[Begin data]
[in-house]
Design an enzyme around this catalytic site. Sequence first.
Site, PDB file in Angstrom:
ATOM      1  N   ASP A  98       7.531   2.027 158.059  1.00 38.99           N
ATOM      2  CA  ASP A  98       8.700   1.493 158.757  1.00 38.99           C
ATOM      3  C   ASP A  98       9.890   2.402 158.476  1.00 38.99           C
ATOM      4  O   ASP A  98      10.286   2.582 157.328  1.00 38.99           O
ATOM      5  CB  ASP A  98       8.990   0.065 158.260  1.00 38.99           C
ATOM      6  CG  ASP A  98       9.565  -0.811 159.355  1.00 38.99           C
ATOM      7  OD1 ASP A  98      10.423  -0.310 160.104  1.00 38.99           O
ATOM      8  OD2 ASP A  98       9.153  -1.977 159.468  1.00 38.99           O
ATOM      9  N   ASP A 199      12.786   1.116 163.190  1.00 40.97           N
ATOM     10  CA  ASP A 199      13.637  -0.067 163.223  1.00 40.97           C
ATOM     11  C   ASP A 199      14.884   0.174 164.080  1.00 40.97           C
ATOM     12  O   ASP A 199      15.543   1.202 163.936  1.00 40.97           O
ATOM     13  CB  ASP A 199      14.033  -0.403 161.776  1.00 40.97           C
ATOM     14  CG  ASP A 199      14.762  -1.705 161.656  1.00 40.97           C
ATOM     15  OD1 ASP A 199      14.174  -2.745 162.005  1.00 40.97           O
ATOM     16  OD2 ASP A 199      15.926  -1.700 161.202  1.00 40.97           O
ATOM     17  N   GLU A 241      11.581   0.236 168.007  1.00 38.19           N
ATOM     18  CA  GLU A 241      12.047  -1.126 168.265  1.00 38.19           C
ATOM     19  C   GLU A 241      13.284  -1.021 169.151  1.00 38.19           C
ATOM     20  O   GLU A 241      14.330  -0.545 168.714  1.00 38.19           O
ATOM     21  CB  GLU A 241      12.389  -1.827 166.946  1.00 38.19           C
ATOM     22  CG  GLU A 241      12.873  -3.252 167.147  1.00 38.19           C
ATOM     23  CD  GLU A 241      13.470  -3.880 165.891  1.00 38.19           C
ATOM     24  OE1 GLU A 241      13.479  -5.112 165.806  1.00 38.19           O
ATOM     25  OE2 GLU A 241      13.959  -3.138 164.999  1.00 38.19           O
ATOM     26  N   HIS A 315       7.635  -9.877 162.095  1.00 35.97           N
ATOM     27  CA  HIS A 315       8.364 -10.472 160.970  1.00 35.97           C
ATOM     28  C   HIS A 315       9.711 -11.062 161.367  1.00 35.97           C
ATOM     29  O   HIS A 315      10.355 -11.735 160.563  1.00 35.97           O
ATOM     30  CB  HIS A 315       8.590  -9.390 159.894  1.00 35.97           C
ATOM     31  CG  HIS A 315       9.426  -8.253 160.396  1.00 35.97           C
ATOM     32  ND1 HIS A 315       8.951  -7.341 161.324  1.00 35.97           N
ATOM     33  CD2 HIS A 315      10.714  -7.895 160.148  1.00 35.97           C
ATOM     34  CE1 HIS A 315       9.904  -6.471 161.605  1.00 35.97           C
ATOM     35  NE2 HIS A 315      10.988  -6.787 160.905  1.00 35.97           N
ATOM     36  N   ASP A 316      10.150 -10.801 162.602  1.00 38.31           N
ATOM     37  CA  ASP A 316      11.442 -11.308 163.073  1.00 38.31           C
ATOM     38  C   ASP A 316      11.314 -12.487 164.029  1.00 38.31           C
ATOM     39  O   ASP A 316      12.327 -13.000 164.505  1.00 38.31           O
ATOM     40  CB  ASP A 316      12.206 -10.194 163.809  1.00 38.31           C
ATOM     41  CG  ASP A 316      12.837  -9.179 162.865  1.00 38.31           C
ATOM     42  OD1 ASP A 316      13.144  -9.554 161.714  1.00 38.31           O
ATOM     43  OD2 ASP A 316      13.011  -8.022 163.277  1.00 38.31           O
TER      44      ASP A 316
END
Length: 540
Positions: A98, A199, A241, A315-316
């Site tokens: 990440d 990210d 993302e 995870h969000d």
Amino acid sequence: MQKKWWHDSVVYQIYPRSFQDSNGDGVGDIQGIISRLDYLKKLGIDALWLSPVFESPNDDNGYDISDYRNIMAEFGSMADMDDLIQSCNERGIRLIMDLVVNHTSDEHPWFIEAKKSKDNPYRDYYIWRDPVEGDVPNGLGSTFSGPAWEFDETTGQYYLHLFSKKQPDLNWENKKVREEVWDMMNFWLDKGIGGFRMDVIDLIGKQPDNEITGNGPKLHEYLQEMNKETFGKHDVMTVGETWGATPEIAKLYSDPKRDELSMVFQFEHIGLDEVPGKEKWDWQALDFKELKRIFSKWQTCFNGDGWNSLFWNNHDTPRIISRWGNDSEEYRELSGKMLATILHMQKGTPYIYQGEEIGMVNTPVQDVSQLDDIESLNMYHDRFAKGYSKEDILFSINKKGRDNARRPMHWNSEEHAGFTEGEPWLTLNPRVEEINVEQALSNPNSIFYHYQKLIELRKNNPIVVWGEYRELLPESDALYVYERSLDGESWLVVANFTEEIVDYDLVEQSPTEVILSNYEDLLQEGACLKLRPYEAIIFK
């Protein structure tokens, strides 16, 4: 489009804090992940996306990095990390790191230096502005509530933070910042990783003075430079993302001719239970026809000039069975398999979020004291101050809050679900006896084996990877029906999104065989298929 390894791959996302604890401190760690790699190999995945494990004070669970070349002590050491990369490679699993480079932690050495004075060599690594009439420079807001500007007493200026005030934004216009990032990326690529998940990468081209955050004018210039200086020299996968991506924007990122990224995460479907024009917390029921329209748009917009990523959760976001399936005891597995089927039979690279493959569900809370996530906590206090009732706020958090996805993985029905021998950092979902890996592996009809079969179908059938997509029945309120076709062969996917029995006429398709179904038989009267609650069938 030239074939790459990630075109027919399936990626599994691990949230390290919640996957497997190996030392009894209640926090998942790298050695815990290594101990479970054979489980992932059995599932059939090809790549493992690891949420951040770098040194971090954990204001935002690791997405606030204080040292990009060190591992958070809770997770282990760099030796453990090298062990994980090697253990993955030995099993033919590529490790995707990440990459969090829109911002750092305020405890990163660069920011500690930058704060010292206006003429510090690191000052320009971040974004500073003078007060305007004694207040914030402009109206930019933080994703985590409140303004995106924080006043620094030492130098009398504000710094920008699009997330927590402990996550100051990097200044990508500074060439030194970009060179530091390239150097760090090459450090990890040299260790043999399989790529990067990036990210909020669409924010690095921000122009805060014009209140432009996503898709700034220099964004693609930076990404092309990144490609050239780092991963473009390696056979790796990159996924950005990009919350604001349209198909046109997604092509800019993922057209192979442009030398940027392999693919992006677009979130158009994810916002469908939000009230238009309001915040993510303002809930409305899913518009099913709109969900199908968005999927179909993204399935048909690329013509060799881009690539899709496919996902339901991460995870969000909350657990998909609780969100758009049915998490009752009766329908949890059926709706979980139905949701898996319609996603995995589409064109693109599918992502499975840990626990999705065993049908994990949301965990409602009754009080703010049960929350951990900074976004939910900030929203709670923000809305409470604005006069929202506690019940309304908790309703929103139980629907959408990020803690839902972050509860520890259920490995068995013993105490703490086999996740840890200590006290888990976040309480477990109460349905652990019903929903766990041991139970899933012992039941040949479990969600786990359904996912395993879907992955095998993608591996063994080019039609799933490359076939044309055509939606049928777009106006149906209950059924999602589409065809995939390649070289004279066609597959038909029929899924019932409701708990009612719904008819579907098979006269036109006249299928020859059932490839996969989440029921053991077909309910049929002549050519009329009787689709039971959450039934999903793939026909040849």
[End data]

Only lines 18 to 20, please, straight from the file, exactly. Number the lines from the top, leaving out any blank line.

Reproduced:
ATOM     15  OD1 ASP A 199      14.174  -2.745 162.005  1.00 40.97           O
ATOM     16  OD2 ASP A 199      15.926  -1.700 161.202  1.00 40.97           O
ATOM     17  N   GLU A 241      11.581   0.236 168.007  1.00 38.19           N